9. The circuit as claimed in claim 5 wherein the first optical channel is for carrying wavelength division multiplexed light.
10. The circuit as claimed in claim 5 further comprising:
a second optical channel for communicating between the second block and the first block with the communication over the second optical channel assigned by the arbitration block for the second tunable wavelength modulator to emit a second wavelength and the first photodetector to monitor to the second optical channel; and
a third block having a third photodetector coupled to the first optical channel wherein the third photodetector does not respond to the first wavelength.
11. The circuit as claimed in claim 10 wherein the first optical channel includes a portion of the first optical channel dedicated for communication to the second block.
12. The circuit as claimed in claim 10 wherein the first optical channel is a waveguide.
13. An integrated circuit comprising:
a first optical channel;
a first block coupled with the first optical channel and having both a first tunable wavelength modulator and a first photodetector;
a second block coupled with the first optical channel and having both a second tunable wavelength modulator and a second photodetector; and
an arbitration block coupled to the first optical channel for assigning a communication over the first optical channel between the first block and the second block for the first tunable wavelength modulator to emit a first wavelength and the second photodetector to monitor the first optical channel;
a second optical channel for communicating between the second block and the first block with the communication over the second optical channel assigned by the arbitration block for the second tunable wavelength modulator to emit a second wavelength and the first photodetector to monitor to the second optical channel; and
a third block having a third photodetector coupled to the first optical channel wherein the third photodetector does not respond to the first wavelength,
wherein:
the first tunable wavelength modulator includes a bank of fixed-wavelength modulators; and
the arbitration block for assigning the communication over the first optical channel selects the first wavelength from the bank of the fixed-wavelength modulators.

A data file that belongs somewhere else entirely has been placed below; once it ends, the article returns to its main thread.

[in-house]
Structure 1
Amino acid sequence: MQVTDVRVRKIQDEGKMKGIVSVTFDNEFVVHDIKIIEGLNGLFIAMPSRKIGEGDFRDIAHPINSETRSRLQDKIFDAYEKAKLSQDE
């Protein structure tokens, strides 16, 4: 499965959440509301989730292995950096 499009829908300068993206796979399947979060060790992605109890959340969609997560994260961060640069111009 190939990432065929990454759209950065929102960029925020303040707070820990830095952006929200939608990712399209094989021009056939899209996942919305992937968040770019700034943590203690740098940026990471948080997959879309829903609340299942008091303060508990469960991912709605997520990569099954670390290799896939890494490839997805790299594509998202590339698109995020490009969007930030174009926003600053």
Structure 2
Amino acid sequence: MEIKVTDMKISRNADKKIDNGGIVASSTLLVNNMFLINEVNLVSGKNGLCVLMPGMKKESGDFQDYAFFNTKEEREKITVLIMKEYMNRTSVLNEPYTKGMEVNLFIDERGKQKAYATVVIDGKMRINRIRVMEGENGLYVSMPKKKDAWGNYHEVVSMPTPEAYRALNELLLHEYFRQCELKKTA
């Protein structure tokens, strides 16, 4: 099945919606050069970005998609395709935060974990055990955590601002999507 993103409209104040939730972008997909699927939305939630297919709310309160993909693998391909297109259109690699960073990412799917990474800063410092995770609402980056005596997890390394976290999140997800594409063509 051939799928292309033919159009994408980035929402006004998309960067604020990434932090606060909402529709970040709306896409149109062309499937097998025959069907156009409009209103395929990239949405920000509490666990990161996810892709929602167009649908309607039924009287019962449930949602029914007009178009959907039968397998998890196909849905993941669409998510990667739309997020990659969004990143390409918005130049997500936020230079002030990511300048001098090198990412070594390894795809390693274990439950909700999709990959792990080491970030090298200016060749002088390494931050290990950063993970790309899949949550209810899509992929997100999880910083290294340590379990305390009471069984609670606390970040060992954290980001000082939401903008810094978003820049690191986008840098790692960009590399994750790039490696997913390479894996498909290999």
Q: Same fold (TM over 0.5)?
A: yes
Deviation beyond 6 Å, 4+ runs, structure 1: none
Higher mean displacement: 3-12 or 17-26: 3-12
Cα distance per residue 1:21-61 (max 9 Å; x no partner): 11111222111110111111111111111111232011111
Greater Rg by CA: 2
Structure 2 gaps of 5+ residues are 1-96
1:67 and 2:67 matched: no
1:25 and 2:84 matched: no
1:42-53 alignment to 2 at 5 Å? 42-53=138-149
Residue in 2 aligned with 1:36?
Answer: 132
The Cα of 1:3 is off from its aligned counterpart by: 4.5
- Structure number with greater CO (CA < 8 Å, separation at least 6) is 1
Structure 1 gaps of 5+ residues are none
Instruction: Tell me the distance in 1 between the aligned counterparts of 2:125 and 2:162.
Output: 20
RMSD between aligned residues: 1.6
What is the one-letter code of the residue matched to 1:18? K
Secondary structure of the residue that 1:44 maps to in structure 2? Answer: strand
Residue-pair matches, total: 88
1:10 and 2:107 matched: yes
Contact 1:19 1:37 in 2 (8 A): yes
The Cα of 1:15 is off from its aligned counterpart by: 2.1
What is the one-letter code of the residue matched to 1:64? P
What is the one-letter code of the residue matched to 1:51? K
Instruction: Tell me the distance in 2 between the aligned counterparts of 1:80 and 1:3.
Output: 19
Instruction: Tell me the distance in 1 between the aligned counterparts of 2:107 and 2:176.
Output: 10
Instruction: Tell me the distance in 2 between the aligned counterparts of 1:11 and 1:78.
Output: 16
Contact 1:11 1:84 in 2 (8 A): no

14. An integrated circuit comprising:
a first optical channel;
a first block coupled with the first optical channel and having both a first tunable wavelength modulator and a first photodetector;
a second block coupled with the first optical channel and having both a second tunable wavelength modulator and a second photodetector; and
an arbitration block coupled to the first optical channel for assigning a communication over the first optical channel between the first block and the second block for the first tunable wavelength modulator to emit a first wavelength and the second photodetector to monitor the first optical channel;
a second optical channel for communicating between the second block and the first block with the communication over the second optical channel assigned by the arbitration block for the second tunable wavelength modulator to emit a second wavelength and the first photodetector to monitor to the second optical channel; and
a third block having a third photodetector coupled to the first optical channel wherein the third photodetector does not respond to the first wavelength,
wherein the second photodetector includes a bank of fixed-wavelength photodetectors.
15. An integrated circuit comprising:
a first optical channel;
a first block coupled with the first optical channel and having both a first wavelength modulator and a first photodetector;
a second block coupled with the first optical channel and having both a second wavelength modulator and a second photodetector; and
an arbitration block coupled to the first optical channel for assigning a communication over the first optical channel between the first block and the second block for the first wavelength modulator to emit a first wavelength and the second photodetector to monitor the first optical channel,
wherein at least one of the first photodetector and the second photodetector includes a bank of fixed-wavelength photodetectors.